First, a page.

Empowering Information Sharing: Release of pyNSSFClient

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Malware is one of the common tools used by adversaries, whether they’re getting a foothold in your network, moving laterally through your systems, or exfiltrating sensitive data.  Having access to new malware samples can be key to understanding what trespassers are doing on your systems and how they got there.  By gathering many thousands of new samples a day, we can see the evolution of these tools as well as investigate how they work.

One of the lesser-known facts about the computer security business is that vendors exchange malware samples with each other, often through mutual sharing arrangements.  Unfortunately, despite this practice existing for many years, there isn’t a lot of standardization on how this process should happen.  One of the attempts to solve many of the problems related to sample sharing is the Norman Sample Sharing Framework (NSSF), obviously written by folks at Norman.  In order to interact with companies using this framework, you must have an NSSF client that supports the NSSF API.  Norman has links to their PHP implementation (which has both client and server code) as well as a Perl implementation written by Mario Bono at Ikarus Security Software.  We use Python extensively at CrowdStrike for our automated malware analysis work, so we have written a Python implementation of the NSSF client code and made the source code available at our GitHub at: https://github.com/CrowdStrike/pyNSSFClient.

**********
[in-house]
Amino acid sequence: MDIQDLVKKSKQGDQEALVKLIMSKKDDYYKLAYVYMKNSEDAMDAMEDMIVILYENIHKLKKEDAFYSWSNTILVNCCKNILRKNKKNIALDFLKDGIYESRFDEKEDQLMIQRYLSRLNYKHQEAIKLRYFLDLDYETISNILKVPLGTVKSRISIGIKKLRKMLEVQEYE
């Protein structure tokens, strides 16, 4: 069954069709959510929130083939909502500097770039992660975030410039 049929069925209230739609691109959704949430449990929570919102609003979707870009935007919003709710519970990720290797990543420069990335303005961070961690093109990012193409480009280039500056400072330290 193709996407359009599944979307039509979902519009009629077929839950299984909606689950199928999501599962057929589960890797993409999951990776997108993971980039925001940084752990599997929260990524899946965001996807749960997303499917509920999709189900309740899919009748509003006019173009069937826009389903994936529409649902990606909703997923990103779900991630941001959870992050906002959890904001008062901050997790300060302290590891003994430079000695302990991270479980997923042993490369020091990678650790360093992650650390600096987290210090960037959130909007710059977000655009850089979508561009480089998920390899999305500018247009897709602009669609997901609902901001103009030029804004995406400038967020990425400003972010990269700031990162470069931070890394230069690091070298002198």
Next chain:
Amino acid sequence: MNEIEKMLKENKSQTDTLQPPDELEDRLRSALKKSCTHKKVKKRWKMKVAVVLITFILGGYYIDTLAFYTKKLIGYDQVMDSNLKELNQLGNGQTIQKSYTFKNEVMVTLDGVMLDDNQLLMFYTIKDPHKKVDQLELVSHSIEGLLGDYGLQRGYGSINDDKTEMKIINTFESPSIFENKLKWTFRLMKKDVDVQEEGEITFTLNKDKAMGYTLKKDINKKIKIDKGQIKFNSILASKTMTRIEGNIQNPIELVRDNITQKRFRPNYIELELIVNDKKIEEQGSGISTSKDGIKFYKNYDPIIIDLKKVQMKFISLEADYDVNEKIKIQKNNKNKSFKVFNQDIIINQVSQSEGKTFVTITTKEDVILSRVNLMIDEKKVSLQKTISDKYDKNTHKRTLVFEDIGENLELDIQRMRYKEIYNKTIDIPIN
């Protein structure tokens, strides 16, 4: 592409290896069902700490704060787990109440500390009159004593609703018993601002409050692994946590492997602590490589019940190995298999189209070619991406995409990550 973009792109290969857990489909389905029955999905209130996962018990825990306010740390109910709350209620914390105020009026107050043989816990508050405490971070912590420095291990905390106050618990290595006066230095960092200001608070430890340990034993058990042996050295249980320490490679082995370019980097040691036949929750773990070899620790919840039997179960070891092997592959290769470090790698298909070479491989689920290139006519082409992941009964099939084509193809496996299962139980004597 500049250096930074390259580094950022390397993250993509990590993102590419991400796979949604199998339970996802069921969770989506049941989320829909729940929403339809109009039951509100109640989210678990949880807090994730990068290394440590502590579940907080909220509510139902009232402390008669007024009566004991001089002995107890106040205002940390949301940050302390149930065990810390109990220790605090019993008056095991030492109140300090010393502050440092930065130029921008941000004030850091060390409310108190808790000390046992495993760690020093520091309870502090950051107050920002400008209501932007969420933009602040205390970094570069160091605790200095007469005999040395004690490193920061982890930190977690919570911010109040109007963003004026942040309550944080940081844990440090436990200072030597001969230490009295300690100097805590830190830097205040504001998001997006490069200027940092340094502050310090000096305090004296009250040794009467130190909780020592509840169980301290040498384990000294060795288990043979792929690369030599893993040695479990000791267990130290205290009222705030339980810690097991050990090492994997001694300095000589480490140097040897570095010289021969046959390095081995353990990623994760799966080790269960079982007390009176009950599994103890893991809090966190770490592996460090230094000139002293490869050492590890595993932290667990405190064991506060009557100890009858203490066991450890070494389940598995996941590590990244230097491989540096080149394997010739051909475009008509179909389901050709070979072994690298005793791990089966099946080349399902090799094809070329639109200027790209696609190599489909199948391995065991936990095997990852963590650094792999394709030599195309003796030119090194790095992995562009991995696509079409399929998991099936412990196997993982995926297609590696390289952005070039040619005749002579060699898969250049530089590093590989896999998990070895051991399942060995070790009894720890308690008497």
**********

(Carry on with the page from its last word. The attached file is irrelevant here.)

Assuming you have credentials to access an NSSF server (or have set up one yourself), this code allows you to simply interact with that server to get lists of new file hashes and/or download samples.

The key functionality is all within the SampleShare class in sample_share.py.  This class has basic command line support for testing purposes, which can be used to get lists of hashes or download samples.

You may notice that we use Doxygen-style code documentation instead of Python docs.  We use a variety of languages at CrowdStrike, and Doxygen lets us have a common code documentation format and tooling.

Feel free to fork the code on Github and add your contributions. Or send us your resume and work on it at CrowdStrike — we’re hiring.

 

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